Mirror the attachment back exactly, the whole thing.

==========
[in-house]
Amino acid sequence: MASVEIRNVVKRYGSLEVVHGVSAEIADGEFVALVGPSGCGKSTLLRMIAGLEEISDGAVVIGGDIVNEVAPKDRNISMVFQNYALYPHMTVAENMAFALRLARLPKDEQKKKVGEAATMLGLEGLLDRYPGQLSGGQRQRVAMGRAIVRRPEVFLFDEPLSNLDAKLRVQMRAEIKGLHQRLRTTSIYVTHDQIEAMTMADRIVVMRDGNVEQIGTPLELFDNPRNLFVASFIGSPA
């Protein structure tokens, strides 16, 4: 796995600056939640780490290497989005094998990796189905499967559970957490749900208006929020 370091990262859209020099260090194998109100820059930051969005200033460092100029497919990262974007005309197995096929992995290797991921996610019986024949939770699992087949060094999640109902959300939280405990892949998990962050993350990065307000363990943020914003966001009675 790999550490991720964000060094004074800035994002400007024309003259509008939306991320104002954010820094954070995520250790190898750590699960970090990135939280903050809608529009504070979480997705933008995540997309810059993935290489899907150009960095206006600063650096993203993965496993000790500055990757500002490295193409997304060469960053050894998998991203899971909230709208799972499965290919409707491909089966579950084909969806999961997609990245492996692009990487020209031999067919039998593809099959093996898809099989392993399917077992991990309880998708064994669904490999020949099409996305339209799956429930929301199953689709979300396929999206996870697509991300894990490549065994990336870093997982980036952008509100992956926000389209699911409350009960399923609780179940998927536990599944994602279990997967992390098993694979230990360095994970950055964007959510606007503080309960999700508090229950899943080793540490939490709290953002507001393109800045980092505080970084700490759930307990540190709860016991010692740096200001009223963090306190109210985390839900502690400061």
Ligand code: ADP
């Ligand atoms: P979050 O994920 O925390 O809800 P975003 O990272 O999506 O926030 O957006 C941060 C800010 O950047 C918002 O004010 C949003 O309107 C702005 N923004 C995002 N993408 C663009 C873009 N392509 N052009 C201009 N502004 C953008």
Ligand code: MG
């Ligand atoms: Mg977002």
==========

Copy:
[in-house]
Amino acid sequence: MASVEIRNVVKRYGSLEVVHGVSAEIADGEFVALVGPSGCGKSTLLRMIAGLEEISDGAVVIGGDIVNEVAPKDRNISMVFQNYALYPHMTVAENMAFALRLARLPKDEQKKKVGEAATMLGLEGLLDRYPGQLSGGQRQRVAMGRAIVRRPEVFLFDEPLSNLDAKLRVQMRAEIKGLHQRLRTTSIYVTHDQIEAMTMADRIVVMRDGNVEQIGTPLELFDNPRNLFVASFIGSPA
């Protein structure tokens, strides 16, 4: 796995600056939640780490290497989005094998990796189905499967559970957490749900208006929020 370091990262859209020099260090194998109100820059930051969005200033460092100029497919990262974007005309197995096929992995290797991921996610019986024949939770699992087949060094999640109902959300939280405990892949998990962050993350990065307000363990943020914003966001009675 790999550490991720964000060094004074800035994002400007024309003259509008939306991320104002954010820094954070995520250790190898750590699960970090990135939280903050809608529009504070979480997705933008995540997309810059993935290489899907150009960095206006600063650096993203993965496993000790500055990757500002490295193409997304060469960053050894998998991203899971909230709208799972499965290919409707491909089966579950084909969806999961997609990245492996692009990487020209031999067919039998593809099959093996898809099989392993399917077992991990309880998708064994669904490999020949099409996305339209799956429930929301199953689709979300396929999206996870697509991300894990490549065994990336870093997982980036952008509100992956926000389209699911409350009960399923609780179940998927536990599944994602279990997967992390098993694979230990360095994970950055964007959510606007503080309960999700508090229950899943080793540490939490709290953002507001393109800045980092505080970084700490759930307990540190709860016991010692740096200001009223963090306190109210985390839900502690400061």
Ligand code: ADP
């Ligand atoms: P979050 O994920 O925390 O809800 P975003 O990272 O999506 O926030 O957006 C941060 C800010 O950047 C918002 O004010 C949003 O309107 C702005 N923004 C995002 N993408 C663009 C873009 N392509 N052009 C201009 N502004 C953008």
Ligand code: MG
């Ligand atoms: Mg977002």